That equates to about four hours of moderate (such as fast walking) or 2 hours of hardy exercise per week. An exhilarating walk of 40 minutes per day, six days per week could accomplish this goal. The study found that patients who exercised three to five times a week and met this goal experienced a 47% reduction in their level of depression. The study concluded that as little as three hours of regular, moderate exercise per week could be as effective as Prozac and other antidepressants in reducing the symptoms of mild to moderate depression.2
4. Take Nutritional Supplements
There are some nutritional supplements that may help relieve SAD symptoms.
Studies have shown a link between low Vitamin D levels and SAD. Dr. Micheal Holick, a leading researcher, estimates that as much as 50 percent of the US population have low levels of vitamin D.
Those levels may decline even more in the shortened sun cycles of the winter month. Your body needs sunlight to produce vitamin D and the only wavelength of light that helps accomplish this is UVB-rays. In the winter, most of the US north of Atlanta, including Missouri, is too far north for these rays to make it through the atmosphere and reach us. This results in a further decline in vitamin D levels.
Eating fatty fish like cod, salmon, sardines, and herring can help. You may also get vitamin D3 from fortified cereals and milk. But often this is not enough to raise your level to the ideal 40-70 ng/ml during winter months.
A vitamin D3 supplement can help increase that level. Before starting supplements you’ll need to be tested to find out what your levels are currently, so you can avoid overdosing. [GrassrootsHealth] has a chart showing the average adult dose required to reach 40-60 ng/ml based upon your measured starting point.
Active vitamin *NADH *(Nicotinamide adenine dinucleotide) increases the amount of neurotransmitters in the brain that affect mood and often helps relieve mild depression. It increases the ATP energy in the cells, so the nerve cells produce more adrenaline, dopamine, and serotonin, all of which help lift mood.
Wild blue-green micro-algae (1.5 grams) or natural apple cider vinegar (1 teaspoon in a little water) taken up to three times daily can help relieve minor depression symptoms.
Caution: Seek a doctor’s advice before taking supplements to avoid overdoses and contraindications. You should have your level of Vitamin D tested before taking supplements as too much can be toxic. Many NADH and Vitamin D products sold online are not manufactured properly to retain their potency and may be ineffective. On the other hand, too much stimulation by certain vitamins or nutrients can cause adverse side effects such as an irregular heartbeat.*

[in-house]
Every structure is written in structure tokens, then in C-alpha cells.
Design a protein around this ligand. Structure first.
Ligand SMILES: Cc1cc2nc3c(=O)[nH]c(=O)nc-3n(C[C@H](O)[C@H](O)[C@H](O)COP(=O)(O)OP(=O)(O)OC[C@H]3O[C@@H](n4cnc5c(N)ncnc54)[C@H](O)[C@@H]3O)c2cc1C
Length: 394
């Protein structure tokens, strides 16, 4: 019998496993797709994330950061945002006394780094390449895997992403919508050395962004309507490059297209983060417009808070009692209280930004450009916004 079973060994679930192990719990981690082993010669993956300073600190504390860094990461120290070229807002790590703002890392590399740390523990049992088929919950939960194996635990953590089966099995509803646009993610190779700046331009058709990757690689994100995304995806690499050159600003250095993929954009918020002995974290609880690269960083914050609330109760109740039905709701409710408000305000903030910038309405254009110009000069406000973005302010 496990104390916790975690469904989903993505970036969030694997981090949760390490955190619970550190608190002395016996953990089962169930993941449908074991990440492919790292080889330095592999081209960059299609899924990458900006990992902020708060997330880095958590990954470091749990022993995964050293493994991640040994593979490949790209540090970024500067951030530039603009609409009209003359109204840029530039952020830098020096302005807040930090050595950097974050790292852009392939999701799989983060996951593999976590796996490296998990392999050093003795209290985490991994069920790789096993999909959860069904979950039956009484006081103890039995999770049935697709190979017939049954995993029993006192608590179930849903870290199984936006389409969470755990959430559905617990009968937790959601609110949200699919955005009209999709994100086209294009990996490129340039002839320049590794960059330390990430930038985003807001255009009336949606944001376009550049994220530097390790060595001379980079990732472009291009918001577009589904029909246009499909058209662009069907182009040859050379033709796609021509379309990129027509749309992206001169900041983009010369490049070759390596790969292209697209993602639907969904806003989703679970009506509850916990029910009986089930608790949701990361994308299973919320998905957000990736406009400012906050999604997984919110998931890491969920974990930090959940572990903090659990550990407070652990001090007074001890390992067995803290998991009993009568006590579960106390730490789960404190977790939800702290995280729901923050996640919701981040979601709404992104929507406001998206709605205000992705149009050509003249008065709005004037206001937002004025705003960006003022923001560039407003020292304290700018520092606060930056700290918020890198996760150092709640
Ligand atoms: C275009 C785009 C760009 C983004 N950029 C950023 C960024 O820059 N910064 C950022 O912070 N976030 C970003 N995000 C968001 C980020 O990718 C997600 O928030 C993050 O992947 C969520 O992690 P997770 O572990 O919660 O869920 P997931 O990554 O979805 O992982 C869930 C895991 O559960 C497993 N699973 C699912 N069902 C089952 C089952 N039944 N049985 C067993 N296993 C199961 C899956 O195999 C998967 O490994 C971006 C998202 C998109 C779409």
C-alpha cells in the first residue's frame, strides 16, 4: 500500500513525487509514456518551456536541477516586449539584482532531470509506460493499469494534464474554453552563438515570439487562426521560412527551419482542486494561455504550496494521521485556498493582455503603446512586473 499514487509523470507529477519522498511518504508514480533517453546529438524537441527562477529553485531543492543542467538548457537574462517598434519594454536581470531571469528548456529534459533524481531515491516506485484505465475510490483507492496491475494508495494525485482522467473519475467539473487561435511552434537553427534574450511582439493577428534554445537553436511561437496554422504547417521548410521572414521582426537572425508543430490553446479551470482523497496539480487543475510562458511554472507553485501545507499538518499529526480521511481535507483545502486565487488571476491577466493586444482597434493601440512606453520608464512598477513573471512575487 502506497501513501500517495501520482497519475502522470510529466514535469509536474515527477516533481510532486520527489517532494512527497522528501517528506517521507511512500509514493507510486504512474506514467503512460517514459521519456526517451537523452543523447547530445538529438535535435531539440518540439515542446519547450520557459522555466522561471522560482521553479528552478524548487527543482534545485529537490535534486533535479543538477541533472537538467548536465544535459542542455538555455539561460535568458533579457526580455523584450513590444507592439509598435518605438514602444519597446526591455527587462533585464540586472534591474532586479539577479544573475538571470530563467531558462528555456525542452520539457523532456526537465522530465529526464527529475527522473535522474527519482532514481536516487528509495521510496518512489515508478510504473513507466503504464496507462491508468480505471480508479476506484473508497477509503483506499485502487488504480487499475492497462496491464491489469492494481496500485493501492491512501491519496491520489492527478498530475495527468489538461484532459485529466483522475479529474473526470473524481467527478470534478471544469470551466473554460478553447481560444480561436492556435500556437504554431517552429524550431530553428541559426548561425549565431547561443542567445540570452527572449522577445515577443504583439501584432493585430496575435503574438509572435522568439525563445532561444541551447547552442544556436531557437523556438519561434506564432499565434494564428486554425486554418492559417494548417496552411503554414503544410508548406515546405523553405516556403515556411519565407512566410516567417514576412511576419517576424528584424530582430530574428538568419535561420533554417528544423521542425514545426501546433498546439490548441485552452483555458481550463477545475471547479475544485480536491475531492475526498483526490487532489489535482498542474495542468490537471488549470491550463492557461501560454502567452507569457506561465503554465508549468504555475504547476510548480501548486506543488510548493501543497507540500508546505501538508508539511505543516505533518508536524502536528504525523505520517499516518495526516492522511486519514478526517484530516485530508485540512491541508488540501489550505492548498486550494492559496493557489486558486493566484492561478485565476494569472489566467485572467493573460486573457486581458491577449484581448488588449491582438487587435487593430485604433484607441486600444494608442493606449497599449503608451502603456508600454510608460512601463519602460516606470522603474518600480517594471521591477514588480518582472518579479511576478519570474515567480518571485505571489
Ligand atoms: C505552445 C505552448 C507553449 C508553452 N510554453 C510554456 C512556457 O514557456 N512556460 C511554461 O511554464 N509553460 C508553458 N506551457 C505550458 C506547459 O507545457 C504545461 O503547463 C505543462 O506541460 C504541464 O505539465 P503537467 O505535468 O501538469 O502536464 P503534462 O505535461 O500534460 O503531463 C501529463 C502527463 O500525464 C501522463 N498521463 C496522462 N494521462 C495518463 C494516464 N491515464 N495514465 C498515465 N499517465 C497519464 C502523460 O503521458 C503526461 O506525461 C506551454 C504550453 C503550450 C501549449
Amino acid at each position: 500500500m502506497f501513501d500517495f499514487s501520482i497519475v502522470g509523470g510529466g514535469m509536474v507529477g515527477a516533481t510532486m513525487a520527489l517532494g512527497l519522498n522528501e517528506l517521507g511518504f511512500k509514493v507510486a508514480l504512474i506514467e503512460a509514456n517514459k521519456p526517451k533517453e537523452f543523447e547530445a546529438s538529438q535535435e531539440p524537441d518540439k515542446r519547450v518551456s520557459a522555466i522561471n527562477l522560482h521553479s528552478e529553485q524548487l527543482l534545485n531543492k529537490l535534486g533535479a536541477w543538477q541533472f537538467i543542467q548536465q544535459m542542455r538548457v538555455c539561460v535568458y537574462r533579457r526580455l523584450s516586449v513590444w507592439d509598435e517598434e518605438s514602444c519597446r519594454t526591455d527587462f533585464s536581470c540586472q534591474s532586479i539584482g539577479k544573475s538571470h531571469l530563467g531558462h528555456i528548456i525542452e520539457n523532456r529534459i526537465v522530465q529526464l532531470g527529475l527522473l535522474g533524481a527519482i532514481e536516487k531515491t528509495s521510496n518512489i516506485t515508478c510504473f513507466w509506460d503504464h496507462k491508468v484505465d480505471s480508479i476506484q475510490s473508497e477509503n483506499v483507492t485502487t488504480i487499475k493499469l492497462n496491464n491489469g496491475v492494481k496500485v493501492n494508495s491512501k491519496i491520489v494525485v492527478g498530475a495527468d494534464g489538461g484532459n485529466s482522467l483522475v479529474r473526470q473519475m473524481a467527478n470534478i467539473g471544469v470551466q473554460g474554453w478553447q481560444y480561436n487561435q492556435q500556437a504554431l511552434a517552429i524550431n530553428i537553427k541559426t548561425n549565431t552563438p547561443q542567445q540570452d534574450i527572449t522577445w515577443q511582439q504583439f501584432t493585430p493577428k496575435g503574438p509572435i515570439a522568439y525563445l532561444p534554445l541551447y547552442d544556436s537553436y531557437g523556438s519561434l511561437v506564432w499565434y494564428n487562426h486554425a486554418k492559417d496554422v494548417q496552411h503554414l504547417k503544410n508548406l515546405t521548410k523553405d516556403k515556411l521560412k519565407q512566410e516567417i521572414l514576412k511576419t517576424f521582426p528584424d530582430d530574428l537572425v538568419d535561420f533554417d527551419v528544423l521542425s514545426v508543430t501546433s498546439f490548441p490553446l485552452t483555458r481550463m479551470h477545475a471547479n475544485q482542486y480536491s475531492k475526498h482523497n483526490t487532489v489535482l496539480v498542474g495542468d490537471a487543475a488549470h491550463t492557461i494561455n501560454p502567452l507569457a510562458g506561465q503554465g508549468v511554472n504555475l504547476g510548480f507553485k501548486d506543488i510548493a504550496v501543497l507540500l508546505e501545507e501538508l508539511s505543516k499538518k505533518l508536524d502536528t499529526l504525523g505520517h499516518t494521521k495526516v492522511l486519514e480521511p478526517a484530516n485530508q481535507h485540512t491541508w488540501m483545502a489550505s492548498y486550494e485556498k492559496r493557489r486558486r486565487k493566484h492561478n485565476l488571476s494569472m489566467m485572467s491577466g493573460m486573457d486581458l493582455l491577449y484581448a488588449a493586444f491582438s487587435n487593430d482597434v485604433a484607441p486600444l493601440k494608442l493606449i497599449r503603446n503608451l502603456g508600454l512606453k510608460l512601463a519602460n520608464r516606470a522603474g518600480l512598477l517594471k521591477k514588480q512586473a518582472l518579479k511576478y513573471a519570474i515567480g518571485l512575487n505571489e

5. Chinese Medicine
Traditional Chinese medicine has been used successfully in treating physical and emotional conditions for over two thousand years. It treats the body as a “whole”, observing the movement of Qi (the vital energy of the body). When the body is in balance, it is physically and emotionally healthy. An imbalance in the energy of the body manifests itself as illness or disease, and can affect the way we feel emotionally. For example, Chinese medicine teaches that the heart energetically affects our emotions.
Depressed energy can additionally affect the stomach and spleen, causing us to not get the nourishment we would normally receive from the foods we eat. Too much energy in the stomach can cause hydrochloric acid secretion and irritation.
Chinese herbs and acupuncture can successfully restore balance, helping our bodies physically and emotionally to overcome depression.
We utilize a Computerized Vital Body Scan to assess the balance of the body’s systems. It defines which pressure points on the body and which specific Chinese herbs can help bring those systems back into balance again.
If you’re experiencing SAD symptoms, we’d be happy to design a personalized program to help you feel better! Call us at 417-725-6655 and we’ll help you determine the regiment that’s right for you.
Dr. Hunter Greenwood DC ND MTAA is a chiropractor and naturopathic physician certified in acupuncture and acupressure, with over 30 years of experience helping patients get relief. He practices at Chiropractor Plus, 1361 West Mount Vernon Street in Nixa, Missouri.
Consult with a physician before administering ANY of these treatments to make sure they are appropriate for you.
This article does not take into consideration your health conditions. The treatments and remedies are for educational purposes only.
If more serious depression is an issue, or if you have any suicidal thoughts or desires to harm yourself or others, it is important that you consult a licensed psychologist or psychiatrist.
1 Hall, Alena. "Feeling Anxious Or Depressed? Sleep Deprivation May Be To Blame." The Huffington Post. TheHuffingtonPost.com, 15. Web. 12 Feb. 2016.
2 Dunn, Andrea L., Madhukar H. Trivedi, James B. Kampert, Camillia G. Clark, and Heather O. Chambliss. "Exercise Treatment for Depression."American Journal of Preventive Medicine 28.1 (2005): 1-8. Web.